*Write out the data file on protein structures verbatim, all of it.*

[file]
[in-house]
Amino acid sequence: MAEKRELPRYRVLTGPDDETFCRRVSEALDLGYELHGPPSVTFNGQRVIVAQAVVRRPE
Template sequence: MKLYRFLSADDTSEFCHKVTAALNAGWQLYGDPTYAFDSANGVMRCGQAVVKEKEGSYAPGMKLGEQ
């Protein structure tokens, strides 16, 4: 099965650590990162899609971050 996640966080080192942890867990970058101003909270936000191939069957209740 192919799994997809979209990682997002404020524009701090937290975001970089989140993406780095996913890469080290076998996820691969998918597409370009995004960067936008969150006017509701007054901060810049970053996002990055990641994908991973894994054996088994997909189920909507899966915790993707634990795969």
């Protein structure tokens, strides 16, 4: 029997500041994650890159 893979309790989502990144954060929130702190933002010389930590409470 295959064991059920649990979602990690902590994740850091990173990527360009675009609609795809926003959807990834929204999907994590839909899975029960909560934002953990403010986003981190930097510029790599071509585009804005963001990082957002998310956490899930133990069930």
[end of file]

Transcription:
[in-house]
Amino acid sequence: MAEKRELPRYRVLTGPDDETFCRRVSEALDLGYELHGPPSVTFNGQRVIVAQAVVRRPE
Template sequence: MKLYRFLSADDTSEFCHKVTAALNAGWQLYGDPTYAFDSANGVMRCGQAVVKEKEGSYAPGMKLGEQ
């Protein structure tokens, strides 16, 4: 099965650590990162899609971050 996640966080080192942890867990970058101003909270936000191939069957209740 192919799994997809979209990682997002404020524009701090937290975001970089989140993406780095996913890469080290076998996820691969998918597409370009995004960067936008969150006017509701007054901060810049970053996002990055990641994908991973894994054996088994997909189920909507899966915790993707634990795969």
């Protein structure tokens, strides 16, 4: 029997500041994650890159 893979309790989502990144954060929130702190933002010389930590409470 295959064991059920649990979602990690902590994740850091990173990527360009675009609609795809926003959807990834929204999907994590839909899975029960909560934002953990403010986003981190930097510029790599071509585009804005963001990082957002998310956490899930133990069930």